OVERTIME 1Overtime rules will impact the construction industry.

By Mary Beth Saylor

In 2014, President Obama issued a memorandum to the Department of Labor (DOL) to update and modernize the regulations governing the exemption of executive, administrative and professional (EAP) employees from the minimum wage and overtime pay protections of the Fair Labor Standards Act (FLSA or Act). The primary reasons for the change? Salary levels in the prior regulations were fixed, and there was not a mechanism for keeping them commensurate with the appropriate percentile of average wages today and into the future. Additionally, the change is expected to help accomplish one of the President's goals of ensuring workers are compensated fairly for their work.

 RECRUITING 1The secrets to effective recruitment may be right under your nose.

By Kim Shepherd and Thomas Brennan 

Every industry faces unique recruiting challenges, but one thing just about every company has in common in today's market is that talent wars are fierce. Unemployment is low and business is expanding, which means candidates have choices. In the construction industry, you can add to that the cyclical nature of the business and the fact that it is harder to create loyalty among hourly workers than among white-collar employees.

 NYNJ 1by Ed Beaulieu

On a job site, there’s nothing cozy about a confined space. In fact, they can be downright dangerous.

Which is why the U.S. Department of Labor’s Occupational Safety and Health Administration (OSHA) recently issued new rules designed to protect construction workers inside of storm water drains, bins, crawl spaces, water mains, attics, pits, air conditioning ducts, sewers, manholes, and other confined spaces. Per specific OSHA guidelines, these spaces a) are not intended for continuous employee occupancy, b) are large enough for a worker to enter, but c) offer only limited means of entering and exiting.  

 INSTITUTIONAL 1By Niklas Moeller

In recent years, improvements in construction materials, as well as quieter office and mechanical equipment, have greatly reduced the ambient – or background – sound level in the majority of facilities. This leaves office employees to try to work in ‘pin-drop’ conditions in which they can easily hear conversations and noises.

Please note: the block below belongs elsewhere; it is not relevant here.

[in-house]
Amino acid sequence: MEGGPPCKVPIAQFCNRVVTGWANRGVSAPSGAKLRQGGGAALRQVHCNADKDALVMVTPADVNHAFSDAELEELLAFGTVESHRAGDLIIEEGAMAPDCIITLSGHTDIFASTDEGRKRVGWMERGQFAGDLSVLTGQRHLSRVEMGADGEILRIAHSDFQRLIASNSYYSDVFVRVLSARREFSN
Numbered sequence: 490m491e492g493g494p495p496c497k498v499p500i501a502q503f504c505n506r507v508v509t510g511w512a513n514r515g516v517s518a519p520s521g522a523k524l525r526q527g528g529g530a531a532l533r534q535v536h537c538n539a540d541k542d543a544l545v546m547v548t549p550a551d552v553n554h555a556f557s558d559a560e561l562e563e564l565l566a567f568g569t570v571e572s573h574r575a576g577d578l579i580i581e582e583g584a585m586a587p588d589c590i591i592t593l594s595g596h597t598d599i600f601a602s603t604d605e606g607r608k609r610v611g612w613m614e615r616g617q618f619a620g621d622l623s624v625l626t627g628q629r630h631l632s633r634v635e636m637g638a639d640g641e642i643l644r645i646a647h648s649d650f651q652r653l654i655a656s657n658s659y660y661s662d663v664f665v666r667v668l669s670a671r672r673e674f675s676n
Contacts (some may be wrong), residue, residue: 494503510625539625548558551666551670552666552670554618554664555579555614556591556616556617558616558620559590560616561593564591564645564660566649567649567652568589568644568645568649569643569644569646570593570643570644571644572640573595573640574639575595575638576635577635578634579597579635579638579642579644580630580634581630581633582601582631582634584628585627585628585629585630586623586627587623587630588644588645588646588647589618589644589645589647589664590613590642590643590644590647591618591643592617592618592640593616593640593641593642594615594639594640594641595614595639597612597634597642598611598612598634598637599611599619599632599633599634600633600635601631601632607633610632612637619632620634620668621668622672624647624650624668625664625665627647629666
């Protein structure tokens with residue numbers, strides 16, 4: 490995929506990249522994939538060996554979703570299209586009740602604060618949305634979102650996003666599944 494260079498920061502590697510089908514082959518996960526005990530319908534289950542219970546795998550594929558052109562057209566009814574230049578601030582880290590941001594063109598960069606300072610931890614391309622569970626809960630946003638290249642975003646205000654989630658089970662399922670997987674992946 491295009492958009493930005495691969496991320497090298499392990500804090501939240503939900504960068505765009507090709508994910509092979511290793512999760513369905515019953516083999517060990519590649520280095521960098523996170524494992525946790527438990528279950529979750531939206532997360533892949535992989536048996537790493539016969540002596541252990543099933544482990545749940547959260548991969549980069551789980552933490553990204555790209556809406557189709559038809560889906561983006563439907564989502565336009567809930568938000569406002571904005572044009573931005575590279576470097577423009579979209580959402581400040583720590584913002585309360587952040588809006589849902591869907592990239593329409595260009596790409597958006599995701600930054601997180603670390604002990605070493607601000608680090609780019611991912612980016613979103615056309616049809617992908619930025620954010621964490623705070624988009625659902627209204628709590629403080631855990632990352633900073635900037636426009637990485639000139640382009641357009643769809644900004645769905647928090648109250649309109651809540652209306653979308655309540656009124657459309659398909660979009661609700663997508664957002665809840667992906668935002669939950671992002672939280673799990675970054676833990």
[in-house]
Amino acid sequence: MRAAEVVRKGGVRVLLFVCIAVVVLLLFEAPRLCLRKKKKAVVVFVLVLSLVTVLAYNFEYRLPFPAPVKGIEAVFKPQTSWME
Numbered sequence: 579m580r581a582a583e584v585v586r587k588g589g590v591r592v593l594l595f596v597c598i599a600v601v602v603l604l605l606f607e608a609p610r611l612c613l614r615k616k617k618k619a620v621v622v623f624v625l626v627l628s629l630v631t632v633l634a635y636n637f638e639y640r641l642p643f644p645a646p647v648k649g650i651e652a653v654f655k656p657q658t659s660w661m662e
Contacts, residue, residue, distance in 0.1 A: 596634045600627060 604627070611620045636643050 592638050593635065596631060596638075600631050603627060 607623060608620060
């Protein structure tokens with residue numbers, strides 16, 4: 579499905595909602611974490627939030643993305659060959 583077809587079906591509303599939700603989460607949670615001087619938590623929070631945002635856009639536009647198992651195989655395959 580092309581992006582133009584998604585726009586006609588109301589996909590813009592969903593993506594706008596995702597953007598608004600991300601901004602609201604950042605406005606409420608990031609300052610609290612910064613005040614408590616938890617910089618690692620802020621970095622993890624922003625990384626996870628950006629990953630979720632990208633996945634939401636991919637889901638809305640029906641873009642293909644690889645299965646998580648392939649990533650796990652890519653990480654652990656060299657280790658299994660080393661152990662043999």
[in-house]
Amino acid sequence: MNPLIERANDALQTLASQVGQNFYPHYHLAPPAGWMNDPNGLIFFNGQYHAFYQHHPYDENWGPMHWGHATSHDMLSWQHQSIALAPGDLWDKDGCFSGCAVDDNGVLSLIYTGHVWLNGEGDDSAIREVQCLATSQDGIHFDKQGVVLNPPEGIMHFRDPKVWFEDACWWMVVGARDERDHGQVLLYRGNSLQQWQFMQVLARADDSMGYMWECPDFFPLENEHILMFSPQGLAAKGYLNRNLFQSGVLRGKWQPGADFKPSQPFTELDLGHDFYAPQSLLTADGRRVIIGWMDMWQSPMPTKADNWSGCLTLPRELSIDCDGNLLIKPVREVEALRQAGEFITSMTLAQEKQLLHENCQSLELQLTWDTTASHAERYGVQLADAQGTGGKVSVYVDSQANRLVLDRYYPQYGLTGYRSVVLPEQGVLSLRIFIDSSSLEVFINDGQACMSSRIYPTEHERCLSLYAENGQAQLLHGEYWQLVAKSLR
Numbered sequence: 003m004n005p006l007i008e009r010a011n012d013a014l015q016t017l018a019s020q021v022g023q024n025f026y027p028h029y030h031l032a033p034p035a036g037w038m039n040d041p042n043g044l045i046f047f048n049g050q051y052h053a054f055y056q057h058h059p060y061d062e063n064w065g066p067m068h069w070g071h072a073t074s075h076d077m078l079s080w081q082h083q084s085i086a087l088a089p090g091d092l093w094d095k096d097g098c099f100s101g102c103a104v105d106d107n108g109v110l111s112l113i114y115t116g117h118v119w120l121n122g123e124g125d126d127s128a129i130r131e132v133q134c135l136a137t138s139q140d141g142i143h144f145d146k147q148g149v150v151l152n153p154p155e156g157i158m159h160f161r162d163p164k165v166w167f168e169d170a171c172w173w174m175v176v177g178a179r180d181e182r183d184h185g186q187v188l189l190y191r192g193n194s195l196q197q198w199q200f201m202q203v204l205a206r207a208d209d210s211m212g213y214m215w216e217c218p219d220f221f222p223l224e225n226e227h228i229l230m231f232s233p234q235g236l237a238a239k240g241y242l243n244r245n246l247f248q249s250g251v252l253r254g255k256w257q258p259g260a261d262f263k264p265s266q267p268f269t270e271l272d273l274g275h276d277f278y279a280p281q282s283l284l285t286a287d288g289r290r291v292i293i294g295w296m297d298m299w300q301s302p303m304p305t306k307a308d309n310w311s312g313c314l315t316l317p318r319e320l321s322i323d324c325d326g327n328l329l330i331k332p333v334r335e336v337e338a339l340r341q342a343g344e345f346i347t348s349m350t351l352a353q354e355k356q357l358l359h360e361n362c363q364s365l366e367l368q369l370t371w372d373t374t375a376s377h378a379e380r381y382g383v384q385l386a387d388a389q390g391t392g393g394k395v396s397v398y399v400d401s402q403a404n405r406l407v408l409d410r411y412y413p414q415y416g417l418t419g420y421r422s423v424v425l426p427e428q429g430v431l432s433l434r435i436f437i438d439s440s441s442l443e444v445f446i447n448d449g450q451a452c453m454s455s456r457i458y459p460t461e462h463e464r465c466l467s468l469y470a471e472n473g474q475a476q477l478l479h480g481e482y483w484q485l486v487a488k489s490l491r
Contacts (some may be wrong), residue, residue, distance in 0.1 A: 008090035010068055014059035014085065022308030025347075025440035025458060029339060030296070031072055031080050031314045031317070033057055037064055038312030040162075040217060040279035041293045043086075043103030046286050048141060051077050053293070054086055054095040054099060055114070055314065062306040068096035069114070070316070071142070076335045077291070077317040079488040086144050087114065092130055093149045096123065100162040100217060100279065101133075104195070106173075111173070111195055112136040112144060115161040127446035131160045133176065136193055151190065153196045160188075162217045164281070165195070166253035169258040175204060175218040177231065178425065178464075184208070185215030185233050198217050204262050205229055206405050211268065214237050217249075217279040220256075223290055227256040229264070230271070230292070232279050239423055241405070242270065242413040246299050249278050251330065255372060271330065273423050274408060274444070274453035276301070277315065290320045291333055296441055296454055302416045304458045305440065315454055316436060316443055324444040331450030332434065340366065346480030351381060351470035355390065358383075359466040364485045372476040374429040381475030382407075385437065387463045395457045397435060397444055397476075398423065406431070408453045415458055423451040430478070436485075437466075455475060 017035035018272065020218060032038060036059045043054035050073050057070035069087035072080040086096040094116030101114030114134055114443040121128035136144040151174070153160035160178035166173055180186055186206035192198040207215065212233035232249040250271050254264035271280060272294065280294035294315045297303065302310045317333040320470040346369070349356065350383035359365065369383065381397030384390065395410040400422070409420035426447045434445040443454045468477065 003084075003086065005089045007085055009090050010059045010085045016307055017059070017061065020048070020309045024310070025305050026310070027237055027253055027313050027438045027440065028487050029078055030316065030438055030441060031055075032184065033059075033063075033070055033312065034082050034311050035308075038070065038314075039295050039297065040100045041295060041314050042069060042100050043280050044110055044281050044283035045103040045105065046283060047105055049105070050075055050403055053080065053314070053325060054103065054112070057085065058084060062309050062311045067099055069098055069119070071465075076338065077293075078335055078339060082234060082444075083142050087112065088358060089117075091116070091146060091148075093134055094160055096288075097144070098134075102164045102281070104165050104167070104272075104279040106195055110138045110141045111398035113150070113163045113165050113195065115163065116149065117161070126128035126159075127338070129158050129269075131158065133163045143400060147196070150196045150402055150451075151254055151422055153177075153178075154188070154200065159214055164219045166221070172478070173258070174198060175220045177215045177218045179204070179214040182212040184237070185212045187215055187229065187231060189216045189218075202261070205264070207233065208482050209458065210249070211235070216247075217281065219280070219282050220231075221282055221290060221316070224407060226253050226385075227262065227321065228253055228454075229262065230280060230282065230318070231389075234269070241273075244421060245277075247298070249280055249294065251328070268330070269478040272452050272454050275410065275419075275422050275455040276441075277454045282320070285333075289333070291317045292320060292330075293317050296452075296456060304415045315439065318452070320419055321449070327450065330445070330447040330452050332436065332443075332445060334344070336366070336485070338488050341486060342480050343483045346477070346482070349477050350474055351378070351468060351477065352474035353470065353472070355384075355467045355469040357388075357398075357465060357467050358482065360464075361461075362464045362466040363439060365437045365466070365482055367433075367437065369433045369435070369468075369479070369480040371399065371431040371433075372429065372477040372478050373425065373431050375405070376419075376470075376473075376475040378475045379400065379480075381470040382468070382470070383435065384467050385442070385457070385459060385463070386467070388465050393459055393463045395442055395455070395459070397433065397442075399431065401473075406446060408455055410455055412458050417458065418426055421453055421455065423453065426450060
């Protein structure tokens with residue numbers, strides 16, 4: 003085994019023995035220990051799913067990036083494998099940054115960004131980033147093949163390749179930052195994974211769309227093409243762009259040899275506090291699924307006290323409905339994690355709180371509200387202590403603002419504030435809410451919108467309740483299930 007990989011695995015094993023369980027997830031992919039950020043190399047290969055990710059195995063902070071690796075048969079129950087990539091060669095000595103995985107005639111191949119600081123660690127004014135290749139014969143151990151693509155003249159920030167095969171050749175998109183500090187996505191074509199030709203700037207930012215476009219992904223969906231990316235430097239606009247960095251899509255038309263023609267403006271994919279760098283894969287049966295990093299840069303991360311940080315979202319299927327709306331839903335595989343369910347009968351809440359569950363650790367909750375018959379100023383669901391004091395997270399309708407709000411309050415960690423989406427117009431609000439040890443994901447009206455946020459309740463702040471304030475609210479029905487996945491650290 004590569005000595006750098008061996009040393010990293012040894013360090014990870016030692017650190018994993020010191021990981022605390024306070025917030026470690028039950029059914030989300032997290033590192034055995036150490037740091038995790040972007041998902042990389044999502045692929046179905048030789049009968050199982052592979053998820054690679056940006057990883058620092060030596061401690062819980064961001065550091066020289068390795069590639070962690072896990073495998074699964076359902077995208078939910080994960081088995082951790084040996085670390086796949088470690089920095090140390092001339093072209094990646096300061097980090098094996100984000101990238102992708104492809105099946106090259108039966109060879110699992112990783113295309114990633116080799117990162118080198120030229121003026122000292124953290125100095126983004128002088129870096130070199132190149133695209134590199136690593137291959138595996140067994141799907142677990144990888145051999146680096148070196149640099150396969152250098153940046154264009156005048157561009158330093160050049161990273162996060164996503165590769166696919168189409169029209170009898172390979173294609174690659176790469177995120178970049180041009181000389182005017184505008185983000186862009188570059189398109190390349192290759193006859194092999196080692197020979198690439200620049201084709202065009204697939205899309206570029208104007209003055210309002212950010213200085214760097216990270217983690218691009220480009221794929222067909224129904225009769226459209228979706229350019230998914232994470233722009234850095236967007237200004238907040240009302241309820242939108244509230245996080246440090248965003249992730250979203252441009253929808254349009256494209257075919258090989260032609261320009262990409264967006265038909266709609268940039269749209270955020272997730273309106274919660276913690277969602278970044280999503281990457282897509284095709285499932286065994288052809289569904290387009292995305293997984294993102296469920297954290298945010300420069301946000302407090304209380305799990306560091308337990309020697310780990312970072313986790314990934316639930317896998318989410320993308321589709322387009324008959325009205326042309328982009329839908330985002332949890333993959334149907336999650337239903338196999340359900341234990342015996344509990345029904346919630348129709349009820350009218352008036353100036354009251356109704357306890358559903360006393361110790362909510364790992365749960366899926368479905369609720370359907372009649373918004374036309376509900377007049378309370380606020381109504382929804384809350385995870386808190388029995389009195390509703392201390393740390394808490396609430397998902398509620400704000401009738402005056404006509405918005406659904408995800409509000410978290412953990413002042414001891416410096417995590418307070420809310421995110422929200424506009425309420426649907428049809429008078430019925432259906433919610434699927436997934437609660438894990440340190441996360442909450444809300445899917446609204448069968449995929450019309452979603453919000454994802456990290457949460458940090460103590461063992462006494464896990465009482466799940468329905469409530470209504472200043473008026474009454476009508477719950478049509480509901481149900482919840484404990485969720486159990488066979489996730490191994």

When using a sound masking system to address this issue, it is vital to ensure the engineered sound it distributes is not only effective, but as unobtrusive as possible. Unlike ‘white noise’ or ‘pink noise’ – terms often, but mistakenly, used in this context – sound masking follows a non-linear curve specifically designed to balance acoustic control and occupant comfort. A successful implementation involves achieving both goals in equal measure.

 CIVIL 1By Zach Webber

In a construction environment mired with increasing competition and risk, some firms are using a tool that can both increase margins and mitigate risk. Joint ventures allow firms to “partner” to bid on and complete larger jobs for which a single firm may not have the necessary experience or risk profile. This pooling of assets and resources can create positive synergies by allowing smaller firms to compete in a larger competitive landscape. For a joint venture arrangement to be successful, each firm under the arrangement must realize that trust and communication are key issues, and that playing a “bully” role in the negotiation process could have large negative implications later in the process. Positive synergy cannot be obtained if one of the firms feels like it is not getting the benefits it needs from the venture.

Investing in a joint venture with another contractor can be a very attractive method to take on larger, more profitable jobs while effectively managing risk. A joint venture is organized as a separate entity and can either be created to bid on a singular project or to function with an indefinite life. For the contractor, investing in a joint venture has certain advantages and disadvantages.

 RESIDENTIAL 1By Timothy Quinn

When it comes to construction contracts, many companies and their attorneys assume it’s a good idea to slip in extra provisions, just for good measure.

But a recent case decided by the Pennsylvania Superior Court should remind everyone that adding multiple provisions to a contract regarding the same issue doesn’t necessarily afford greater protection.



The construction of educational facilities involves a variety of processes in order to be successful. One of the most important processes to all parties involved, especially the owner and contractor, is cost estimation. An effective way to garner cost estimates is through a system called continuous cost modeling, which delivers many benefits including the reduction of waste in the form of time, productivity and materials. Continuous cost modeling is especially crucial when budget plays a large role in the construction of a facility such as an educational building.


Construction contractors and suppliers face a dilemma: how to manage jobs and company operations with maximum profitability in an industry fraught with roadblocks to efficiency including rising costs, remote job sites, regulatory issues and project delays. As this digital age brings advances to nearly every business sector, the construction industry has been slow to adopt new technologies. How might attachment to paper-based document management processes be contributing to lost productivity and higher overall job costs?

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